An old Cadillac on a truck frame. We were sitting outside at Starbuck’s in Lake Havasu City and heard this story. An old guy in his ’80s bought his wife a Cadillac. She really didn’t want it. So he said to her, if you don’t want it, then I’m going to do something really silly with it. So he rebuilt the whole car and put it on this truck frame.
ISO80; F/8; 1/160; 29.2mm 4/17/11 5:42pm (Canon SX10)
I’m so far behind on this PhotoWalk project! I took this in April with this theme in mind and I’m finally getting around to posting it.
This was taken from the park on Lake Havasu in Lake Havasu City, Arizona. That’s California on the other side.5
We went to Lake Havasu City yesterday… for a decent bite to eat and to see a movie.. and the scenic ride to and from.
For lunch, we ate at an outside cafe by the London Bridge, a place we had wanted to try for a bit but our timing was always off. We both chose this special: Eggs Benedict Filet. I was surprised that they served us the pair of muffins and not just a single side.
October 23, 2008 — We woke up to a perfect day — the winds had stopped and the sky was very clear again.
So what did we do today?
We drove north up 95 retracing our route past the Yuma Proving Grounds into Quartzsite. We stopped at the BLM La Posa LTVA (Long Term Visitor Area) office on the outskirts of Quartzsite to find out more about boondocking.
Boondocking is “dry” camping, usually free. The Bureau of Land Management has come up with a way to allow people to boondock but still have some of the services available, for example there are toilets and a place to empty the holding tank, but they are not close and convenient. BLM charges $40 for 14 consecutive days or $180 for Sept 15 to April 15 stay. The main rule is to not park too close to a neighbor. Unlike traditional camping, they don’t have sites with numbers. We drove through the LaPosa area and found it to be a very attractive idea.
It has only been about 4 days since we went through Quartzsite last, but it has already changed alot. More businesses seem to be open. And it seemed to us like more RVs had set up home as well, though still far from full. We also drove through the new housing development. It has to be strange for the people who have been living in Quartzsite since the early days to now have actual homes being built. Anyway, the BLM lands at Quartzsite are something that we are thinking about — after we get an RV, of course.
As I work on this, Carl is perusing the ‘net again for RVs. He’s following e-Bay auctions. I think he’s getting closer to maybe bidding on one. Maybe. I’m not allowed to visit eBay because I’m much more impulsive.
After Quartzite, we continued north on 95. This was new area to us — not yet driven. I can’t say that I did a lot of sightseeing at this point because I read, aloud, the information on BLMs. Oh and on camping in Mexico. Another thing that sounds fascinating to us.
(This is one of the amazing things that has happened this trip. I can read without getting carsick! I can’t figure out why but for the first time in my life I can read in the car. I know I couldn’t do this even a short time ago — opening mail in the car, reading a menu, even the back of a CD, would just ruin my day. But this whole trip, I’ve been reading maps, books, etc without a bit of a problem.)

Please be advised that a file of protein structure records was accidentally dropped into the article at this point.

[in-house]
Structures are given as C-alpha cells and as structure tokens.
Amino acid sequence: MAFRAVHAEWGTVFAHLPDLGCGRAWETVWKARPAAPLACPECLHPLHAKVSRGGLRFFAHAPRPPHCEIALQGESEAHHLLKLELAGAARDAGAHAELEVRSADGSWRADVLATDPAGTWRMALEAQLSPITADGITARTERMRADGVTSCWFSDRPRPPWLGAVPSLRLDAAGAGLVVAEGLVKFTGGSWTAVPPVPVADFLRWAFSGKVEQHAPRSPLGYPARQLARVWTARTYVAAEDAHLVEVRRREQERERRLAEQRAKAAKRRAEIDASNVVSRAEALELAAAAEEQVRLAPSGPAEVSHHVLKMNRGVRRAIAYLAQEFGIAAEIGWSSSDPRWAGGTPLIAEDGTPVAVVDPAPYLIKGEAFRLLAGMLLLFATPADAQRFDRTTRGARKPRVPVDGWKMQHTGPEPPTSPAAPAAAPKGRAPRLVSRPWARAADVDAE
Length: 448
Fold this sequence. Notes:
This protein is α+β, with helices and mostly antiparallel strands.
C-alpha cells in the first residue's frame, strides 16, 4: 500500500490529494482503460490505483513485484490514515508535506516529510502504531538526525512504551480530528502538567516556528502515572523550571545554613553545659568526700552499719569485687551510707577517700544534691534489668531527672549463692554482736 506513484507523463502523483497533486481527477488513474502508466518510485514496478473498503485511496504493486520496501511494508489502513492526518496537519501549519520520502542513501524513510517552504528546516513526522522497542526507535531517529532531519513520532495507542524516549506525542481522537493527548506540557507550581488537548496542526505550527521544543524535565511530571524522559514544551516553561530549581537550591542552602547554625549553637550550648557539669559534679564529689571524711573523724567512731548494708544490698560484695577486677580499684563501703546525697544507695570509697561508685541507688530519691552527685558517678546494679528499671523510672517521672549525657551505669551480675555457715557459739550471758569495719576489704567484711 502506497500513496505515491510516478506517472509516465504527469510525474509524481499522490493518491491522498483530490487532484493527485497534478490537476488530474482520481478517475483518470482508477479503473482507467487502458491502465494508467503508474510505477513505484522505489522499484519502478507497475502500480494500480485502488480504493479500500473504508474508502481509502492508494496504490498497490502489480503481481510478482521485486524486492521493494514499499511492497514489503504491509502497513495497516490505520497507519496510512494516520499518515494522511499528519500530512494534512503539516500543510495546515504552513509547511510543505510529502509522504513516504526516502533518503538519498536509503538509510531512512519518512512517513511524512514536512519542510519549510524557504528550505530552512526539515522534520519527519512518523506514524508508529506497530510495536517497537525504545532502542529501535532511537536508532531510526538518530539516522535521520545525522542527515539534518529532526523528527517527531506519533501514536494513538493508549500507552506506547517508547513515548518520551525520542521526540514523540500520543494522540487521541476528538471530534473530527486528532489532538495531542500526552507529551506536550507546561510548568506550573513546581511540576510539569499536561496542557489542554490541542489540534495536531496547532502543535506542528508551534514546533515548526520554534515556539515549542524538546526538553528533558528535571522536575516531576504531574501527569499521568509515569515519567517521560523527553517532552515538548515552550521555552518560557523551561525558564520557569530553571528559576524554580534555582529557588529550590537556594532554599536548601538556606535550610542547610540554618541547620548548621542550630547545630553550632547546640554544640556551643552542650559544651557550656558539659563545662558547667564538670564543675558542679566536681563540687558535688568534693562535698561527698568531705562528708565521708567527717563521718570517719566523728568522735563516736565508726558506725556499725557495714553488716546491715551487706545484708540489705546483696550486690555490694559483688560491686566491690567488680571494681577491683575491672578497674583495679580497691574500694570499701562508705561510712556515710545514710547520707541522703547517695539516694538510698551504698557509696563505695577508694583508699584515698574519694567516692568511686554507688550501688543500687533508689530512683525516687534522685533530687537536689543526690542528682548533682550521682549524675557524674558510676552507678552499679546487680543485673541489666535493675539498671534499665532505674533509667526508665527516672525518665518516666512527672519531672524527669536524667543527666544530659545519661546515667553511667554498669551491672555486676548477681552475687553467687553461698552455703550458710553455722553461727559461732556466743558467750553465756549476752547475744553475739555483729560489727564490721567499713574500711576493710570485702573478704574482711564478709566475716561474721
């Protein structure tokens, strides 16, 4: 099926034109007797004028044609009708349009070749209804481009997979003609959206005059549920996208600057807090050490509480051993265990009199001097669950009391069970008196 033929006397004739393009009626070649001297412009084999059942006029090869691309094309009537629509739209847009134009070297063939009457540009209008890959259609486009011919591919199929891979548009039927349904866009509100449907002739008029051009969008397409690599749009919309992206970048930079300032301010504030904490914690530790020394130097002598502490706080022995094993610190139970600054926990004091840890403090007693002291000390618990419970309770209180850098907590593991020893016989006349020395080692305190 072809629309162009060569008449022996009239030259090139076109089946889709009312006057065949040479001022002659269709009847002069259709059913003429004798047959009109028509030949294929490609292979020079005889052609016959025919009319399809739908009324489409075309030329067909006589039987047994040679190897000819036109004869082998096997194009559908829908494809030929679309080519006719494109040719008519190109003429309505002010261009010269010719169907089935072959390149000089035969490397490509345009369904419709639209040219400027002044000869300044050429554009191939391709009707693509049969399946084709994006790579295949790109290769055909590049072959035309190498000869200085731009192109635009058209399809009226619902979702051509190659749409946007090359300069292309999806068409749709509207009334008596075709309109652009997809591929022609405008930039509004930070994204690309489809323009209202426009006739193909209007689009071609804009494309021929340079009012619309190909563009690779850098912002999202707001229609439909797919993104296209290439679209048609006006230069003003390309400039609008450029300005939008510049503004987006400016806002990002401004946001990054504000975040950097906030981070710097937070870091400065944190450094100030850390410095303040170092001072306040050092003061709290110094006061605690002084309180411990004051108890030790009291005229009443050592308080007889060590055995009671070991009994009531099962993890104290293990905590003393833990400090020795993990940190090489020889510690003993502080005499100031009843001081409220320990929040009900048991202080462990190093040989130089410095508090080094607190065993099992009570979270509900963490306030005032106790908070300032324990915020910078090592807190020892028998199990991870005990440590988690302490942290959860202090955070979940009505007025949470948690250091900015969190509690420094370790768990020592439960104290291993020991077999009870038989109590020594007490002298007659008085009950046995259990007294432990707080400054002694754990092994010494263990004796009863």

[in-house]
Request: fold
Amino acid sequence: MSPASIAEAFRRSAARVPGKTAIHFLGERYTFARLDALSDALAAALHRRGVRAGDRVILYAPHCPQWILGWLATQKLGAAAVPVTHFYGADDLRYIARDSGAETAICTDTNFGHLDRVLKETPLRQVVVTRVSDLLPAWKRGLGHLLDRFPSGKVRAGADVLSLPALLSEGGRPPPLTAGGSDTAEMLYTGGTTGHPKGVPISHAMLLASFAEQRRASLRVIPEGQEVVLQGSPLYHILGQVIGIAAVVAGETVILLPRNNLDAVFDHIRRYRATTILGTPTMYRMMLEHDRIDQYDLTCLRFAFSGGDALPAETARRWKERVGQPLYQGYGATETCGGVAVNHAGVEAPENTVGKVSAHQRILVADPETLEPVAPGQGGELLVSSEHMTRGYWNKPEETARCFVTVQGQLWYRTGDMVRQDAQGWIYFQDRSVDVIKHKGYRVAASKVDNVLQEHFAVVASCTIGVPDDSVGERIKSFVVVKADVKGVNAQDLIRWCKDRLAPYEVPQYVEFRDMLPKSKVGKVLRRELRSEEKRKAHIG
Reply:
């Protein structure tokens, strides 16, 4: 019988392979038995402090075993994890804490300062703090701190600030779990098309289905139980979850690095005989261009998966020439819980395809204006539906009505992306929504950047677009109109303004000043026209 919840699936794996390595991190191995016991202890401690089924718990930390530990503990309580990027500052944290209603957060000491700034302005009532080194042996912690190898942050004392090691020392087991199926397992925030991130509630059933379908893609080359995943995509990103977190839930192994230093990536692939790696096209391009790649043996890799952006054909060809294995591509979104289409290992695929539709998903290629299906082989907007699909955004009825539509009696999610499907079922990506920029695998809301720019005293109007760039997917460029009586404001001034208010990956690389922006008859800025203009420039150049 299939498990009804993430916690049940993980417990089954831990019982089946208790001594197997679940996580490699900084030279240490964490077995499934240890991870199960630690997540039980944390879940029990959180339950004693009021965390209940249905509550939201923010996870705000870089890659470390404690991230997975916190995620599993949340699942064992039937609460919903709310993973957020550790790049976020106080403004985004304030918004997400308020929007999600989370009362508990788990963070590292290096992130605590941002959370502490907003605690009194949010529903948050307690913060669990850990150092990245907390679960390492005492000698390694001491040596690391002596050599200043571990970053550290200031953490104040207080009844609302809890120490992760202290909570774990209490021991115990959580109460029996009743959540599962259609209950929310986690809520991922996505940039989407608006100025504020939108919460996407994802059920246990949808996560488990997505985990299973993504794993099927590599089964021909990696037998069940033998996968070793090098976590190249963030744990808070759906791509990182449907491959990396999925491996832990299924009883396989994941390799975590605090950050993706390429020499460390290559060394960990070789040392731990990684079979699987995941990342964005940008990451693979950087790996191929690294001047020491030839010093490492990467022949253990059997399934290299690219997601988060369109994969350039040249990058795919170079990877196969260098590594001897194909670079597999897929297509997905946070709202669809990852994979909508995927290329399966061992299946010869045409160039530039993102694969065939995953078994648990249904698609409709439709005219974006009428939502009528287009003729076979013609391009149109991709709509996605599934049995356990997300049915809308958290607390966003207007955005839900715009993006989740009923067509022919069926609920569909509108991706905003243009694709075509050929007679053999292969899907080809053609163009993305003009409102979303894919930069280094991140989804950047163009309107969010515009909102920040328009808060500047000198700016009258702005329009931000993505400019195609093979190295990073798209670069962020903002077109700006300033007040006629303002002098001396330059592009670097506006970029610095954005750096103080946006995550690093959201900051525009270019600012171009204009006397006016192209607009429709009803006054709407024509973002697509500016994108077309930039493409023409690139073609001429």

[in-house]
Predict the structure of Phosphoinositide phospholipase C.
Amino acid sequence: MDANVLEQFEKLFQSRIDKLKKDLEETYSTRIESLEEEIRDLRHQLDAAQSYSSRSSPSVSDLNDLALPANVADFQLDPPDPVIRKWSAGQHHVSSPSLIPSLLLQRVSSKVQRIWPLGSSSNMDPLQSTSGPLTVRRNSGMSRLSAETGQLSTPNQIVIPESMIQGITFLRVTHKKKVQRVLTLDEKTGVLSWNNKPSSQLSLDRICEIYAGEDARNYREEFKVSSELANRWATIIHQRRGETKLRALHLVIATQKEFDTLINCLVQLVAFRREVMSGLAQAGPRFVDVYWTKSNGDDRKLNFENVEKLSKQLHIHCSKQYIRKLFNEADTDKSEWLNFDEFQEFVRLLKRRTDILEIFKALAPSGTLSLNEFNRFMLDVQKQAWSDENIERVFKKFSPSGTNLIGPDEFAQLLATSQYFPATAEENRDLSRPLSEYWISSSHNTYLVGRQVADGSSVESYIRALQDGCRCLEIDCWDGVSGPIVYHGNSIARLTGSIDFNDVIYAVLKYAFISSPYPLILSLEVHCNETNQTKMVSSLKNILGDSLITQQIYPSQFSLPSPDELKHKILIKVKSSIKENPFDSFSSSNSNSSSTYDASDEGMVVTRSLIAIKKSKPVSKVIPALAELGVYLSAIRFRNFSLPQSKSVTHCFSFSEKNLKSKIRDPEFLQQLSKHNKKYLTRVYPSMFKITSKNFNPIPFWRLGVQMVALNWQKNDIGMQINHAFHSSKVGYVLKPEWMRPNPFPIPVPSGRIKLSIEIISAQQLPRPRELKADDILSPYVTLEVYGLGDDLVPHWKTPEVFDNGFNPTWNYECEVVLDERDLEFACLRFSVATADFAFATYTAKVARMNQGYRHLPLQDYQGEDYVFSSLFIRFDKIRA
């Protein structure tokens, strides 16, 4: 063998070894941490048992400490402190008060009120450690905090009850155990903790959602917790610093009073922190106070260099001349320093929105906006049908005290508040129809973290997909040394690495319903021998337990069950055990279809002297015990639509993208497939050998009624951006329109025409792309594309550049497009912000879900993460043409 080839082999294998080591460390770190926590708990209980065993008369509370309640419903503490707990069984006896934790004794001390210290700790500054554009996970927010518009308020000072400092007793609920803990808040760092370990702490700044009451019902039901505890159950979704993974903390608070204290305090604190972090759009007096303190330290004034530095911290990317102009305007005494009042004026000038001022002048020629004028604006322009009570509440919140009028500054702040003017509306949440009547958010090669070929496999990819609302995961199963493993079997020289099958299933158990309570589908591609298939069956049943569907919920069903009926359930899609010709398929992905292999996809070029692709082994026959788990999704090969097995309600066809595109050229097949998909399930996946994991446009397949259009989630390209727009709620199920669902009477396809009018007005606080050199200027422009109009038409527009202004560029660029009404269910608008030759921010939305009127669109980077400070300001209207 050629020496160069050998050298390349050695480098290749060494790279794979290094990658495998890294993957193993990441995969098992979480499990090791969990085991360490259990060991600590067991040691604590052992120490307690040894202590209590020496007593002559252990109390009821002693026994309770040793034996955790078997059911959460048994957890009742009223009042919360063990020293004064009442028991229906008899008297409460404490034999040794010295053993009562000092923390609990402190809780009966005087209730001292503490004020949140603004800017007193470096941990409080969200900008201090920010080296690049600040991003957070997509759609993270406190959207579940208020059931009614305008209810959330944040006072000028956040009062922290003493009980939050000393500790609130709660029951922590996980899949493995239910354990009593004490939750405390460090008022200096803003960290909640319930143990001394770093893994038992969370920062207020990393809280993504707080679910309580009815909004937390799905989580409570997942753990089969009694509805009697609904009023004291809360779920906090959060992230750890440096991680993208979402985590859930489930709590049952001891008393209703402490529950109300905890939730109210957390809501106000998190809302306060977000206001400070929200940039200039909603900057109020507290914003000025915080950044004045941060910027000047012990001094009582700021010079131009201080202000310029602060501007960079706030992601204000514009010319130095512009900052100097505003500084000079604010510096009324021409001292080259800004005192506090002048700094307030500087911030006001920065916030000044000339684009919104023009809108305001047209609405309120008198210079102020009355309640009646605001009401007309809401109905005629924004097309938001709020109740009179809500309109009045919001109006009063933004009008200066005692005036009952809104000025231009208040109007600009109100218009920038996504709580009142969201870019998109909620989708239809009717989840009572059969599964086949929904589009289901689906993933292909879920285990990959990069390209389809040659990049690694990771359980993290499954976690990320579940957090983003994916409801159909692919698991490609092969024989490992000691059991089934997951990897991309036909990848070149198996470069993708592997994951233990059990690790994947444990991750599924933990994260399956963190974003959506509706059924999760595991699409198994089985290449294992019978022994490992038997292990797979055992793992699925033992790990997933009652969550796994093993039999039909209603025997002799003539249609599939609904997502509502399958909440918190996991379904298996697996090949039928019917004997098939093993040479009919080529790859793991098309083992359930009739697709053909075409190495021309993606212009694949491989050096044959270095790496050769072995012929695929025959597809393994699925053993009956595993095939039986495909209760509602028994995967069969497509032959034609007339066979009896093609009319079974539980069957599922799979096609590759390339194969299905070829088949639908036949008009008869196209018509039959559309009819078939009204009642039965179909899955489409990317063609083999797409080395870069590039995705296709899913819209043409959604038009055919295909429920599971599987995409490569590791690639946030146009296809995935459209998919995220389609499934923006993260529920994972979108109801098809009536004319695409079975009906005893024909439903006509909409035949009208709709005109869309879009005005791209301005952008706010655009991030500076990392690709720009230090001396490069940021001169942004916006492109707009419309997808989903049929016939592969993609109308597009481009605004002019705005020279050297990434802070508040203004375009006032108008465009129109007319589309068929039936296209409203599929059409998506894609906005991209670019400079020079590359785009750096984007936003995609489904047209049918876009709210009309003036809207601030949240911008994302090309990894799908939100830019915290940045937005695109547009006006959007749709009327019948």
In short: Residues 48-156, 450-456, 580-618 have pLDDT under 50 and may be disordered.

Just before Parker, we saw a sign saying that we were in the Colorado River Indian Reservation (confirmed shortly by a casino). The area was so green, we knew we couldn’t be too far from the Colorado, which was true. We went through Parker, and the road turned northeast following the Colorado River — also the start of a designated scenic highway. We did not disagree with description. For once, though, it didn’t involve great vertical heights!
We stopped at the Buckskin State Park for the allowed 30 minutes before we would have to pay a fee. I stuck my feet in the Colorado River, even. This place also offered a variety of camping options including “roofed” areas for tent campers. Very pretty.
Shortly after leaving the State Park we came to the Parker Dam. This is the deepest dam in the world. They built it as such so that it would not destroy the natural beauty of the area. This is another Bureau of Reclamation project.
From Parker Dam we continued along 95 until we reached Lake Havasu City — and the London Bridge! I remember hearing about this as a kid — it was always presented almost as a joke that some place in the desert bought the falling down London Bridge. Seeing it today, I’d say it was an ingenius marketing plan — this is a regular city now.
Lacking further goals, we decided to stay here tonight. In our effort to spend less money on motels, we are staying at a Quality Inn tonight. This is part of the Comfort Inn chain, so we still get points but are paying a bit less. It’s not bad for an older place.
After checking in, we went over and had lunch/dinner at a local Mexican restaurant. Nicely decorated, average food, good price.
Then we went down to the municipal park located on Lake Havasu. Very impressive — they have a bit of everything for the family: ball parks, jungle gym, model sailboat area, electric car racing, paths for walking/jogging etc., benches and picnic areas by the water, water sports, etc. While we were there, several families were gathered post game, high school kids were running, and an elderly couple were sitting on a bench looking out at the water. It was all very peaceful and friendly.
And that was our day.
We don’t have a clue about tomorrow yet….